Thus truth was confirmed, and all that they did was made of no effect. So the (great ones) were vanquished there and then, and were made to look small. But the sorcerers fell down prostrate in adoration. Saying: "We believe in the Lord of the Worlds,- "The Lord of Moses and Aaron."
Said Pharaoh: "Believe ye in Him before I give you permission? Surely this is a trick which ye have planned in the city to drive out its people: but soon shall ye know (the consequences). Be sure I will cut off your hands and your feet on apposite sides, and I will cause you all to die on the cross." They said: "For us, We are but sent back unto our Lord: "But thou dost wreak thy vengeance on us simply because we believed in the Signs of our Lord when they reached us! Our Lord! pour out on us patience and constancy, and take our souls unto thee as those who bow to thy will! (The Holy Quran, 7:104-126)

Moses exposed the falsehood of the sorcerers. The sorcerers repented, gave up magic and became true believers of the God Almighty. Can the same happen with the makers of Harry Potter? The books are in effect promoters of paganism. They glorify magic and paganism while non-magical people, called Muggles, are despised and portrayed as boring, narrow-minded, and paranoid of magic. Not surprisingly, the main characters in the story have few noble qualities; they lie with impunity, use profanity, don't respect their elders, break rules regularly, and are unrepentant. And for all these qualities and more, the books are popular and are having an effect. Children have also gone crazy over Harry Potter memorabilia, surrounding themselves with Harry Potter T-shirts, posters, toys, costumes, wands, hats, etc.
Welcome to the world of materialism and paganism, where superstitions and the occult reign supreme in the hearts and minds of people, and where the twin forces have forged an "alliance of the willing" that is doing its "magic" on a global scale. This alliance however is not limited to Harry Potter books.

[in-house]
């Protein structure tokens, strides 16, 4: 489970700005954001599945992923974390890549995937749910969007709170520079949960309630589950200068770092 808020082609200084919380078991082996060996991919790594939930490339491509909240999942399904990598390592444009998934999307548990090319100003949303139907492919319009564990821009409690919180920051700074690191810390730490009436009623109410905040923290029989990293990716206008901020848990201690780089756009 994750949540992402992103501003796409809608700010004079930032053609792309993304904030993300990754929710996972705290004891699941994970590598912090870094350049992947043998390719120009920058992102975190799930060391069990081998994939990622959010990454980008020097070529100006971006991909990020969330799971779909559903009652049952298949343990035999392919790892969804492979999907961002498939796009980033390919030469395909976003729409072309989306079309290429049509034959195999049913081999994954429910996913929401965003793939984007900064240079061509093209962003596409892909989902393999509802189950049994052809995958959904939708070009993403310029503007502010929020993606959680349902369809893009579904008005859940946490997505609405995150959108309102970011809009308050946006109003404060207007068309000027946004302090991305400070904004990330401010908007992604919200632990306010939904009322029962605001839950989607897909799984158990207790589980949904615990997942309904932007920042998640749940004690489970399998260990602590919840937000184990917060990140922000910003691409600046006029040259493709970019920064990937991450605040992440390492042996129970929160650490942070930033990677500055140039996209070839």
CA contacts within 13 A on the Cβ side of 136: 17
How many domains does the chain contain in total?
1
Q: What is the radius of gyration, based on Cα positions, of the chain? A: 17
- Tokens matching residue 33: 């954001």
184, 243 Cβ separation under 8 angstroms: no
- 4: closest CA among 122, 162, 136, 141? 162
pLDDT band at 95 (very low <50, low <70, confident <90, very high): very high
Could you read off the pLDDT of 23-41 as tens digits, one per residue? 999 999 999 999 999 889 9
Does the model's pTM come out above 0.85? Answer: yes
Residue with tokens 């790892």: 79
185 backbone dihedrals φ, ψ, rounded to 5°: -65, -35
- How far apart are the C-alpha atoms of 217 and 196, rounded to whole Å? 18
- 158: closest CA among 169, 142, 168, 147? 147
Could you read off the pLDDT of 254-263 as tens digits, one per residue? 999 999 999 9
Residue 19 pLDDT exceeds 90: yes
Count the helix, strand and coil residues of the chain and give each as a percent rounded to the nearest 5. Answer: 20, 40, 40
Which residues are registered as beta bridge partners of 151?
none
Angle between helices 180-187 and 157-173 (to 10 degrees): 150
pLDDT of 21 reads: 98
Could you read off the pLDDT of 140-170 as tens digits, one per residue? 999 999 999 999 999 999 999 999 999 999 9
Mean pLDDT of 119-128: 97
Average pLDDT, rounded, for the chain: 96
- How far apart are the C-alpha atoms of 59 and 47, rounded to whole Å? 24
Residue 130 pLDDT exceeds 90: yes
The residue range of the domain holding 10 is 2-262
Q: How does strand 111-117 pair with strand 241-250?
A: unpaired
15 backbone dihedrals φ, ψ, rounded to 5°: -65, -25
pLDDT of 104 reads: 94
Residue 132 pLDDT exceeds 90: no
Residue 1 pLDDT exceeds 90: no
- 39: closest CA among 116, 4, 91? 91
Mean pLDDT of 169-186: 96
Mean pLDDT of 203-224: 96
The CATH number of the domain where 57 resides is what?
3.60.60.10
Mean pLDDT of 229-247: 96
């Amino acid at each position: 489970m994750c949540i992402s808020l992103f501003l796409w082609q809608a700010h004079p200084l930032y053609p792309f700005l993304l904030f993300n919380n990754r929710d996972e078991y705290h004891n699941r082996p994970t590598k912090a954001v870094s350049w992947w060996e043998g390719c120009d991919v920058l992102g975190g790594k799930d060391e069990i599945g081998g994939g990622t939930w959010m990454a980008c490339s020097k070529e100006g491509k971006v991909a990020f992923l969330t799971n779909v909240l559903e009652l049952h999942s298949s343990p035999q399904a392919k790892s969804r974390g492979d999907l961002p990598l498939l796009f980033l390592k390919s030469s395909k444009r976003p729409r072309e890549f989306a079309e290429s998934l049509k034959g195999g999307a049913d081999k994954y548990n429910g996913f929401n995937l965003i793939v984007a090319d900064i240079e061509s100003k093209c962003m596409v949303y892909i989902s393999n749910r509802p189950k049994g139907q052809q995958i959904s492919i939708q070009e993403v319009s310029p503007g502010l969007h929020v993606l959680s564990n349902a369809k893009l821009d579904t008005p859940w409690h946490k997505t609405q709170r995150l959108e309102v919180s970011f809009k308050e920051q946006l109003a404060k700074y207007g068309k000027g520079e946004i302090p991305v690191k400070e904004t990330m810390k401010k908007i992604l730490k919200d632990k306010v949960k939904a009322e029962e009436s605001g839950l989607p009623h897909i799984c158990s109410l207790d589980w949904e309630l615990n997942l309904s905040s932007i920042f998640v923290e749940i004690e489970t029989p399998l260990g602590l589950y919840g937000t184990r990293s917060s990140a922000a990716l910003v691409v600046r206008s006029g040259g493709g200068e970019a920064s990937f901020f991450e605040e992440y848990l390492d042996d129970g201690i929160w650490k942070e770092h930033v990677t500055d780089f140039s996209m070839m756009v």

Halloween has been tied to pagans, like the Druids. Samhain was the name of the Druid god of the dead. The Druids were a religious order amongst the Celts. On October 31st they would try to appease their lord of death. These Druids also believed that witches rode on broom sticks and that ghosts were the cause of supernatural occurrences. The belief was that on the eve of the Celtic New Year (which for them was October 31), the souls of the dead people roamed the land of the living. The Devil, spirits and witches were also believed to be moving about and at the height of their power.
Halloween activities have found their roots in almost every walk of life. Driving around neighborhoods shows a large number of homes with Halloween displays. School teachers hold special Halloween parties. There may not be a single store, office or institution left without a display of Halloween. The entire nation appears to be celebrating Halloween. It is, therefore, not difficult to conclude that those who believe in monotheism are also participating in these activities. I leave it to the rabbis,  pastors and imams to give their verdicts based on the Holy Scriptures, but I do have to ask those who believe in One God to read the Ten Commandments just one more time, especially the phrase, “…for I the Lord your God am a jealous God …”